Again a bow is drawn,
Again an arrow flies,
– and misses.
Are they pretending?
Did a hand shake,
Or was it the wind?
What have I to fear?
If their arrows hit,
If their arrows kill,
What is there in that
To cry about?
Others have gone before,
Others will follow.”
“Pray that your loneliness may spur you into finding something to live for, great enough to die for.”
– Dag Hammarskjöld, 1952
Beyond the Ceakca Pass I descended through a midsummer winter-land of expansive snowfields and barren, vegetation-less dirt. For some miles it seemed I was passing through a relic of the ice age, a land where the retreat of the glaciers had not yet permitted the tenuous shoots of life to intrude. Slowly, however, the tundra reasserted itself; the snowfields retreated once again into pockets and broad plains opened out, filled with swollen rivers and the green of immense reed-beds. The valley floor expanded around the waters, broad swathes of yellow-green ground punctuated with fields of scattered boulders. The going became easier beneath my feet; now, however, the rain had arrived. When it broke it swiftly rose into a torrent of water gushing from the heavens with an intensity equal to that of the torrents streaming down from the hillsides.
I pushed on swiftly as I could, passing the night on a moraine bank overlooking one of the watercourses. In the morning, there was no respite from the downpour; the mountains disappeared behind swirling eddies of cloud, and even the flies vanished from the air, driven into the vegetation by swarms of raindrops more voracious than they. By evening I had passed along the valley of the Aliseatnu River (a-lis-ay-at-noo) to the fringes of Alesjavri Lake (A-less-yav-ree); here I raised my tent early, finding refuge among some shrubby vegetation that formed a makeshift windbreak. I was singularly aware that the sheer intensity of the rainfall threatened to send water seeping into every corner of my gear, leaving me soaked and chilled. I hoped that a night would provide time enough for the downpour to abate, and permit me more comfortable going in the morning. I laid down to sleep, lulled to sleep by the staccato lullaby of water drumming on the roof of my tent.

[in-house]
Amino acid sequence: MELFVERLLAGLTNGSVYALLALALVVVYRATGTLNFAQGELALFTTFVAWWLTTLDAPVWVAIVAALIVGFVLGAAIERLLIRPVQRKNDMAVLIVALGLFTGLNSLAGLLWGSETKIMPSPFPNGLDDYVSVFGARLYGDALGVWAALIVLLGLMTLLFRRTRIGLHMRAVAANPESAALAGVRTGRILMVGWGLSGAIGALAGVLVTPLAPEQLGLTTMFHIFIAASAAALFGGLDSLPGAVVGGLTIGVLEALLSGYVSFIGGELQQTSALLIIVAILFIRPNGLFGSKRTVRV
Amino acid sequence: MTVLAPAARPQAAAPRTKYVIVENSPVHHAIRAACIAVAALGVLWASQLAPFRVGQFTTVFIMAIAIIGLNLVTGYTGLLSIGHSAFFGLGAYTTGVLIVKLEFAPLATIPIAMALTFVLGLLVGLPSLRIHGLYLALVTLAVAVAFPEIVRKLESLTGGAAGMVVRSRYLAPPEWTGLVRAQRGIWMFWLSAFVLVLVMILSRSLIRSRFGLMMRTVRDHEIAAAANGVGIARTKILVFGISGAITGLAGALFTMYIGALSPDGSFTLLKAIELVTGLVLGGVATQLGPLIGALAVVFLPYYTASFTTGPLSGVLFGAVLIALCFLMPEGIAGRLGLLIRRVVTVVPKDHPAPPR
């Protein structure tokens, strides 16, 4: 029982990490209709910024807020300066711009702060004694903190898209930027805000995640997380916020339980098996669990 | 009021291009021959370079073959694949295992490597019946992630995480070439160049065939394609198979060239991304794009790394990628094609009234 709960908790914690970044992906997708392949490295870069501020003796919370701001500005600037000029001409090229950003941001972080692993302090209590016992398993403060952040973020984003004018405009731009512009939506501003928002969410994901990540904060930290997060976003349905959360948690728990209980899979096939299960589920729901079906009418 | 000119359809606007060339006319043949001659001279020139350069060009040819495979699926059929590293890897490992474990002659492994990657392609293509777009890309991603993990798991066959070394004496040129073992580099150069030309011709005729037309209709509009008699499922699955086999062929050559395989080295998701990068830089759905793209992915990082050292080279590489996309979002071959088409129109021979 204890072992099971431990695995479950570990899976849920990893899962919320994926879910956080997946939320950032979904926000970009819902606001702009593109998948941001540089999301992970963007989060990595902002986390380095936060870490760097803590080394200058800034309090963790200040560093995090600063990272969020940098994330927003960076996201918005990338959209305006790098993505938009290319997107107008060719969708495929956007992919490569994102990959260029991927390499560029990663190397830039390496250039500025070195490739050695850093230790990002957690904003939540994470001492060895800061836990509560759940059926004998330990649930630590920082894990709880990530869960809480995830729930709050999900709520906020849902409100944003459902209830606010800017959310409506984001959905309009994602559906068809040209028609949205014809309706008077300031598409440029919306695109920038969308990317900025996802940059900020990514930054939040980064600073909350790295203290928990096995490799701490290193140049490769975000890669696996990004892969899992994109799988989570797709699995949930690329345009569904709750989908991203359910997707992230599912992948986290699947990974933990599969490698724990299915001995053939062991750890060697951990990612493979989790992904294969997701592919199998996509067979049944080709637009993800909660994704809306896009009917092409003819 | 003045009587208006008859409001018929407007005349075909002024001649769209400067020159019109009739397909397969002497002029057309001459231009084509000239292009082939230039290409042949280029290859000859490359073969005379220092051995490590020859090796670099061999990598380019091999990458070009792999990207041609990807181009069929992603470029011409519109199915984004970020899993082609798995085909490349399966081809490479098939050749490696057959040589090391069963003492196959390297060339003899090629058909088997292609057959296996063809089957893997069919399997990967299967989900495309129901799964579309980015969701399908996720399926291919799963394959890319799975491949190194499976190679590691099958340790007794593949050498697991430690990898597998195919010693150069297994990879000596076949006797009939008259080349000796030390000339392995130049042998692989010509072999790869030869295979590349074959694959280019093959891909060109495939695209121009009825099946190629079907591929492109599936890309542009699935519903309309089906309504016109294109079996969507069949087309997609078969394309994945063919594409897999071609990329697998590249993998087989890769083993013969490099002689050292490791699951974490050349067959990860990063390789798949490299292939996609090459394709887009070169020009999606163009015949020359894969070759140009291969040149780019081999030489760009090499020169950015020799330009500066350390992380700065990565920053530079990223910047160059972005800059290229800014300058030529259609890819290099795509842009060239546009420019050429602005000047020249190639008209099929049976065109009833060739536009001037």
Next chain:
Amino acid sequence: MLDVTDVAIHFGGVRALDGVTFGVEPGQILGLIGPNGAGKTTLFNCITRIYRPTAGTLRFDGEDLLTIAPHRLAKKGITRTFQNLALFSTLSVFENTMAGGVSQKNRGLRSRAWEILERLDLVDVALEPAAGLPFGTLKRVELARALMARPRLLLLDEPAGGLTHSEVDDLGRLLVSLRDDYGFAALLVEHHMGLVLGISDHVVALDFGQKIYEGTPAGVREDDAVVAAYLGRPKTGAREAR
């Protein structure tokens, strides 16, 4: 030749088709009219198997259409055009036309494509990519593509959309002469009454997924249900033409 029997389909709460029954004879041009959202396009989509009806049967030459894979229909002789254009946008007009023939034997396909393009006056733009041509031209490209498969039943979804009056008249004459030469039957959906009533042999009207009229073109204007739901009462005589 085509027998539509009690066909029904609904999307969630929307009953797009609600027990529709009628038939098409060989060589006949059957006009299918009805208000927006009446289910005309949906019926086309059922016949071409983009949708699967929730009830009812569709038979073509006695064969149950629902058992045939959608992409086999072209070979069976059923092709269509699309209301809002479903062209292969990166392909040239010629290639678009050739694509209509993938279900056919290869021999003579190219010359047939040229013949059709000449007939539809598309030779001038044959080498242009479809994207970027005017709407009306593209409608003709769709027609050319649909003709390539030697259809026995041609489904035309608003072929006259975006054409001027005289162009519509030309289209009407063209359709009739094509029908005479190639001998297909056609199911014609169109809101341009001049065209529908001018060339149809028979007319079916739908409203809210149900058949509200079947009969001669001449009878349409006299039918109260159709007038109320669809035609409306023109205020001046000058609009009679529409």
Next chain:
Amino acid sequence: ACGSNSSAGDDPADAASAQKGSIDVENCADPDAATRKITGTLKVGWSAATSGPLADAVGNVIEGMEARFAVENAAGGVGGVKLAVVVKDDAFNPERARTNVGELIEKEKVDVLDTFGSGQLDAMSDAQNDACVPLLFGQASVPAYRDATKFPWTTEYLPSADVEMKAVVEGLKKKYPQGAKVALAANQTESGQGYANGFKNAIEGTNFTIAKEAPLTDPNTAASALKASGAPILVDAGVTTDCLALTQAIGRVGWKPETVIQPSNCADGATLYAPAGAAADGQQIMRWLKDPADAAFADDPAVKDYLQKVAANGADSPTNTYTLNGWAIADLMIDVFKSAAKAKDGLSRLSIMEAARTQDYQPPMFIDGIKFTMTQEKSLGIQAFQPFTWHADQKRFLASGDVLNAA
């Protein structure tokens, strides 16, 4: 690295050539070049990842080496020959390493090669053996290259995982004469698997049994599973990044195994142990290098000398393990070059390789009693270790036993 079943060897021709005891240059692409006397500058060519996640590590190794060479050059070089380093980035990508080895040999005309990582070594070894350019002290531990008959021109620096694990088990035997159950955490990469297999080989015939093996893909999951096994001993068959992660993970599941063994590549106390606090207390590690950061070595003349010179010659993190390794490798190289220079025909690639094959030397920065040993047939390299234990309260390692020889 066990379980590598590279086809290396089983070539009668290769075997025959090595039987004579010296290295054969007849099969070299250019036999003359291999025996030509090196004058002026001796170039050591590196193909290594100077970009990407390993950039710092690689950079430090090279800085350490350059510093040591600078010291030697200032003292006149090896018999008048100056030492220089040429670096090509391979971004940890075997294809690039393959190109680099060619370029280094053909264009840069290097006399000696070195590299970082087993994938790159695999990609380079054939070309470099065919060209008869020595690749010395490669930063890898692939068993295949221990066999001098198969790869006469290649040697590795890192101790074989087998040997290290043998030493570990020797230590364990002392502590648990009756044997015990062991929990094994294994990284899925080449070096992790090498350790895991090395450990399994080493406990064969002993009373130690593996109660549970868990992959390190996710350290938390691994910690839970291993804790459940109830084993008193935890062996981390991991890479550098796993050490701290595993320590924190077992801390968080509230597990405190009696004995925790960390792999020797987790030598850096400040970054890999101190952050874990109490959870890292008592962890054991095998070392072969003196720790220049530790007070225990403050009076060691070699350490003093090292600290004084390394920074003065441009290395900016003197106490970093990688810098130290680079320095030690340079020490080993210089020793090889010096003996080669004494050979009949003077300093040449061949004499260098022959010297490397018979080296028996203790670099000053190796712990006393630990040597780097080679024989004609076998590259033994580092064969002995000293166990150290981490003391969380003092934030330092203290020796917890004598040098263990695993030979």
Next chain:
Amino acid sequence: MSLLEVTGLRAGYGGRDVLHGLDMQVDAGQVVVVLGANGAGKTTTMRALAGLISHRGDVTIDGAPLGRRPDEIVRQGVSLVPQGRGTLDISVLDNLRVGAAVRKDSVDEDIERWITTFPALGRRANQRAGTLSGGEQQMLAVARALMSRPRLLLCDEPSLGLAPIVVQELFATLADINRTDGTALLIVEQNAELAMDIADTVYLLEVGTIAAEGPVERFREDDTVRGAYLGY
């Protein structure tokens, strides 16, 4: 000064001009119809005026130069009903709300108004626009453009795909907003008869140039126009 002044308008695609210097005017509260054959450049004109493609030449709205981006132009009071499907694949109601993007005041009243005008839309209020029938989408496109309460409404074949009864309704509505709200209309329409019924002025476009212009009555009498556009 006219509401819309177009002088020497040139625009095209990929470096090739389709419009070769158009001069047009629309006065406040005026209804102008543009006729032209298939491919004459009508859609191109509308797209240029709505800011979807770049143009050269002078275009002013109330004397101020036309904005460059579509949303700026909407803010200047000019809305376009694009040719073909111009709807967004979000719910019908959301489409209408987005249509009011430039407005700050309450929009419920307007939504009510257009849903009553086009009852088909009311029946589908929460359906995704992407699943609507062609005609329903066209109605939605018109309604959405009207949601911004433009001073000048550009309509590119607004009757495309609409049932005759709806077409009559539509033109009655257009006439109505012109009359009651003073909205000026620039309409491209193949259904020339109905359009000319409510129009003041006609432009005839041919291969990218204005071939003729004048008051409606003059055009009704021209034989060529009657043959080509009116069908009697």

In the morning, I awakened to find that the rain had, if anything, intensified. The lake had burst its banks during the night, and its waters now lapped the bushes a mere dozen metres from my campsite. The hue of the lake itself had changed. Where the night before it had been the cloudy blue colour typical of lakes in the region, half of it was now dyed a rusty red by topsoil swept down into its waters in overflowing streams. The blue and the red sat discrete from one another, a clear boundary line visible between the two; a murky echo of the blue and red colours that dominate the Sami flag. I packed up my things and made my way onwards, aware that this was not going to be easy.
In fact, it got rapidly worse. The often substantial watercourses that cut across Dag Hammarskjöld‘s Way are bridged where necessary by wooden footways formed of wooden planks. These are basic constructions, sitting quite low over the waters; and, as it turned out, the level of the streams had risen so high, their currents become so strong, that every single one of these bridges had been swept away. I spent many hours painstakingly fording the swollen torrents, wading through ice-cold water that reached up to my thighs. At one point I was compelled by the depth of a stream to construct a makeshift ‘bridge‘ out of some particularly long swept-away planks; were it not for the assistance in this endeavour of some Danish hikers trapped by the same stream, I would have been compelled to undertake an extensive detour up into the mountains to the north.
Eventually, after a day far longer than I had envisaged, I tramped away from the shores of Alesjavri towards the descent into the birchwoods of Abisko. There, I knew that the forests would provide some shelter, while the presence of a Fell-station would enable me to find something hot to eat. Between me and this promised land lay merely a stretch of flat country, and a descent down a pass. In theory, it should have been easy. When I arrived at the edge of the little plain, however, my heart immediately sank. Stretches of marsh extended across parts of the low ground, marsh which was ordinarily bridged by boardwalks. Now, however, after the downpour, the stretches of marsh had been transformed into small lakes– and the boards could be seen floating on their surfaces.